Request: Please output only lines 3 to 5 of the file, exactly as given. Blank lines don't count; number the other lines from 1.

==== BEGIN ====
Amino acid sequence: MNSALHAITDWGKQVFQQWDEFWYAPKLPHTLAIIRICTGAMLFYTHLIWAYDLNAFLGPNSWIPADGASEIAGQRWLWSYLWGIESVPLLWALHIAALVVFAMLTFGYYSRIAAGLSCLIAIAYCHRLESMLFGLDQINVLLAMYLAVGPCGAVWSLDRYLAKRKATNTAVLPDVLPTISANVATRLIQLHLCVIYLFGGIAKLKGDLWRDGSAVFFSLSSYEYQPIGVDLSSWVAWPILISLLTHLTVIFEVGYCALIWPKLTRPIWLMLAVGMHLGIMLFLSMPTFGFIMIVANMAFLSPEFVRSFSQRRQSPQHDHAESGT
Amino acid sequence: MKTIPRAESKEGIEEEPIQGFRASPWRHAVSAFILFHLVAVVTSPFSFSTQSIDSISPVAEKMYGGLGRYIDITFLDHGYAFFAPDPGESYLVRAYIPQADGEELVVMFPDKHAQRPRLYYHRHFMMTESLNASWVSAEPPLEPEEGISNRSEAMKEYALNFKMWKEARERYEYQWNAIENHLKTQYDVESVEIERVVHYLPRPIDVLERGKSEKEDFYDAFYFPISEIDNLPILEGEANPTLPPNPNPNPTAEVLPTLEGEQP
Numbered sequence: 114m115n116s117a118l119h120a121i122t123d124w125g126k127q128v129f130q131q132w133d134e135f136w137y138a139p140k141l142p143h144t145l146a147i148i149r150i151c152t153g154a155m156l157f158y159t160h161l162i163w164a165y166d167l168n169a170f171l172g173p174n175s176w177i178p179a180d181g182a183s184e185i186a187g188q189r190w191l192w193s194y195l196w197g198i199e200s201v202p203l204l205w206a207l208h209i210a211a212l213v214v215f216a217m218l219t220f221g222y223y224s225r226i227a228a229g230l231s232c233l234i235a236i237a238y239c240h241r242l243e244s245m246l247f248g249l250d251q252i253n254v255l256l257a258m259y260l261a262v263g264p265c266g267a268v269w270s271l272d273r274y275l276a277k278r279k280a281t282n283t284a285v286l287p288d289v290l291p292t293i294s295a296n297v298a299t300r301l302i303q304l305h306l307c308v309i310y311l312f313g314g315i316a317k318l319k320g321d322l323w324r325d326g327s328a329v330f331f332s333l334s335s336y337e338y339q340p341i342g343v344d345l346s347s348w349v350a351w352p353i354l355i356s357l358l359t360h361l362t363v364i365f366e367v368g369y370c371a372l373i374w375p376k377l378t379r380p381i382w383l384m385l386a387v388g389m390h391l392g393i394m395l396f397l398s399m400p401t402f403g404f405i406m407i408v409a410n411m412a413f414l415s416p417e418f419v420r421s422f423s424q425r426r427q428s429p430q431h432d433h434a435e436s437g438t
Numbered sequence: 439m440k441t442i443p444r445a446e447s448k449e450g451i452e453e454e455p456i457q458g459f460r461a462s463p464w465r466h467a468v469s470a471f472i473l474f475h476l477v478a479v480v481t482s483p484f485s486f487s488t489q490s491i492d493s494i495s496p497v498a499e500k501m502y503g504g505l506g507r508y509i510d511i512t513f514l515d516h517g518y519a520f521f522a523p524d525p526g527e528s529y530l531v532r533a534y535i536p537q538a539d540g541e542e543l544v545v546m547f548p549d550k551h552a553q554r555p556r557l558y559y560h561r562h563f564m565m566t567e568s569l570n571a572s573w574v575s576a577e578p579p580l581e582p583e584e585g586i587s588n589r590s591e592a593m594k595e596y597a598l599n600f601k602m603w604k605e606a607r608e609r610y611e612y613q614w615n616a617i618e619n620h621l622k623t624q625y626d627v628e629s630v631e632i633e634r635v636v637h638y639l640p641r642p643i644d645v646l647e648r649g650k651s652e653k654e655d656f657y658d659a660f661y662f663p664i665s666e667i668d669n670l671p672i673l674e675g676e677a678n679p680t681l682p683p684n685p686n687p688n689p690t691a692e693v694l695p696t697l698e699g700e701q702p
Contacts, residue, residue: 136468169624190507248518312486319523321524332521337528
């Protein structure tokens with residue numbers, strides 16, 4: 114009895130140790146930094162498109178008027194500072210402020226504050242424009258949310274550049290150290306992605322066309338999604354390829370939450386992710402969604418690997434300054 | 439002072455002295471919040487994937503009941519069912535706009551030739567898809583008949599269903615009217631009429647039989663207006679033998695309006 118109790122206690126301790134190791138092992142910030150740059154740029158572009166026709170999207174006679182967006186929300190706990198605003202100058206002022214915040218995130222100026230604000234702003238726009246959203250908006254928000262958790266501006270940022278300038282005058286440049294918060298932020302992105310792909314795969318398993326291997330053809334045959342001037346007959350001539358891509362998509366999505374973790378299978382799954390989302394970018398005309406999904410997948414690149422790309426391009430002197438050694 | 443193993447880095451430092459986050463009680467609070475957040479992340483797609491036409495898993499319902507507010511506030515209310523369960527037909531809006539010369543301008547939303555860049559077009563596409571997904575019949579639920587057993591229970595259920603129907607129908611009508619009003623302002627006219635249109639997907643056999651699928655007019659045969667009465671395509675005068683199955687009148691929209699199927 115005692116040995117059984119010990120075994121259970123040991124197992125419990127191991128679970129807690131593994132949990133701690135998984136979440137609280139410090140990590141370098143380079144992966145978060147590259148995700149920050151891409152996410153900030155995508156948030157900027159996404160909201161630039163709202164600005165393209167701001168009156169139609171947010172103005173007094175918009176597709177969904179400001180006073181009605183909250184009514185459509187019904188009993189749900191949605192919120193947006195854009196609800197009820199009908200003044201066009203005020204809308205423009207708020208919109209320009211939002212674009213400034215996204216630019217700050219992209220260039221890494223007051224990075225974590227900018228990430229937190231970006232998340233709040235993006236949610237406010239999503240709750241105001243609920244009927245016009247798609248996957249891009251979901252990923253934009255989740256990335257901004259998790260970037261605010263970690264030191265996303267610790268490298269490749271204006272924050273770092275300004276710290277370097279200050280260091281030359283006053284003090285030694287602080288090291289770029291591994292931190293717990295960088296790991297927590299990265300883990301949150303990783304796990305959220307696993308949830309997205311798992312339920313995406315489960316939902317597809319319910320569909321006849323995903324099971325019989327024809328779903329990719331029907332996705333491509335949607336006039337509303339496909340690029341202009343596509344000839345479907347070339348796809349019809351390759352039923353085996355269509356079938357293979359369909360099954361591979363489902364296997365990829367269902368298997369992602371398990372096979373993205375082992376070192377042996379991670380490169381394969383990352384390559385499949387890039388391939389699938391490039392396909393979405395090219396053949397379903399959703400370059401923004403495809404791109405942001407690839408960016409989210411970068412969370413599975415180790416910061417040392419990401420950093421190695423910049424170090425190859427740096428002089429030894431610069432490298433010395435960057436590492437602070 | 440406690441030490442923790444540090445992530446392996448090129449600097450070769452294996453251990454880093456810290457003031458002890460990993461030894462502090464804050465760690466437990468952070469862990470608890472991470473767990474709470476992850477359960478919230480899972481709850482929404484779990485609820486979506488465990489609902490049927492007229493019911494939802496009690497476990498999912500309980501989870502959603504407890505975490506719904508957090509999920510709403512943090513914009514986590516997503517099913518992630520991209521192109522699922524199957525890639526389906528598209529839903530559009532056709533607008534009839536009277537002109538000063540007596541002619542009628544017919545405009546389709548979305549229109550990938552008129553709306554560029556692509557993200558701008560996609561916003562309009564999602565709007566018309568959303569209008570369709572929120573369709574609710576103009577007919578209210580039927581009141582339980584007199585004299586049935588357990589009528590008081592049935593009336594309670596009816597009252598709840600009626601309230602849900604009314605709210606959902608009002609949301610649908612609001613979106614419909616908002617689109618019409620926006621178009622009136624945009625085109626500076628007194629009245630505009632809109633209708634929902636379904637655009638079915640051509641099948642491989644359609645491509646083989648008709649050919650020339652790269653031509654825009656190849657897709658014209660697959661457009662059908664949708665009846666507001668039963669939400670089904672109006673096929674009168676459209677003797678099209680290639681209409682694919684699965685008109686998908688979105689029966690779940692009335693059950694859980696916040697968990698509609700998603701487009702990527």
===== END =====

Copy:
Numbered sequence: 114m115n116s117a118l119h120a121i122t123d124w125g126k127q128v129f130q131q132w133d134e135f136w137y138a139p140k141l142p143h144t145l146a147i148i149r150i151c152t153g154a155m156l157f158y159t160h161l162i163w164a165y166d167l168n169a170f171l172g173p174n175s176w177i178p179a180d181g182a183s184e185i186a187g188q189r190w191l192w193s194y195l196w197g198i199e200s201v202p203l204l205w206a207l208h209i210a211a212l213v214v215f216a217m218l219t220f221g222y223y224s225r226i227a228a229g230l231s232c233l234i235a236i237a238y239c240h241r242l243e244s245m246l247f248g249l250d251q252i253n254v255l256l257a258m259y260l261a262v263g264p265c266g267a268v269w270s271l272d273r274y275l276a277k278r279k280a281t282n283t284a285v286l287p288d289v290l291p292t293i294s295a296n297v298a299t300r301l302i303q304l305h306l307c308v309i310y311l312f313g314g315i316a317k318l319k320g321d322l323w324r325d326g327s328a329v330f331f332s333l334s335s336y337e338y339q340p341i342g343v344d345l346s347s348w349v350a351w352p353i354l355i356s357l358l359t360h361l362t363v364i365f366e367v368g369y370c371a372l373i374w375p376k377l378t379r380p381i382w383l384m385l386a387v388g389m390h391l392g393i394m395l396f397l398s399m400p401t402f403g404f405i406m407i408v409a410n411m412a413f414l415s416p417e418f419v420r421s422f423s424q425r426r427q428s429p430q431h432d433h434a435e436s437g438t
Numbered sequence: 439m440k441t442i443p444r445a446e447s448k449e450g451i452e453e454e455p456i457q458g459f460r461a462s463p464w465r466h467a468v469s470a471f472i473l474f475h476l477v478a479v480v481t482s483p484f485s486f487s488t489q490s491i492d493s494i495s496p497v498a499e500k501m502y503g504g505l506g507r508y509i510d511i512t513f514l515d516h517g518y519a520f521f522a523p524d525p526g527e528s529y530l531v532r533a534y535i536p537q538a539d540g541e542e543l544v545v546m547f548p549d550k551h552a553q554r555p556r557l558y559y560h561r562h563f564m565m566t567e568s569l570n571a572s573w574v575s576a577e578p579p580l581e582p583e584e585g586i587s588n589r590s591e592a593m594k595e596y597a598l599n600f601k602m603w604k605e606a607r608e609r610y611e612y613q614w615n616a617i618e619n620h621l622k623t624q625y626d627v628e629s630v631e632i633e634r635v636v637h638y639l640p641r642p643i644d645v646l647e648r649g650k651s652e653k654e655d656f657y658d659a660f661y662f663p664i665s666e667i668d669n670l671p672i673l674e675g676e677a678n679p680t681l682p683p684n685p686n687p688n689p690t691a692e693v694l695p696t697l698e699g700e701q702p
Contacts, residue, residue: 136468169624190507248518312486319523321524332521337528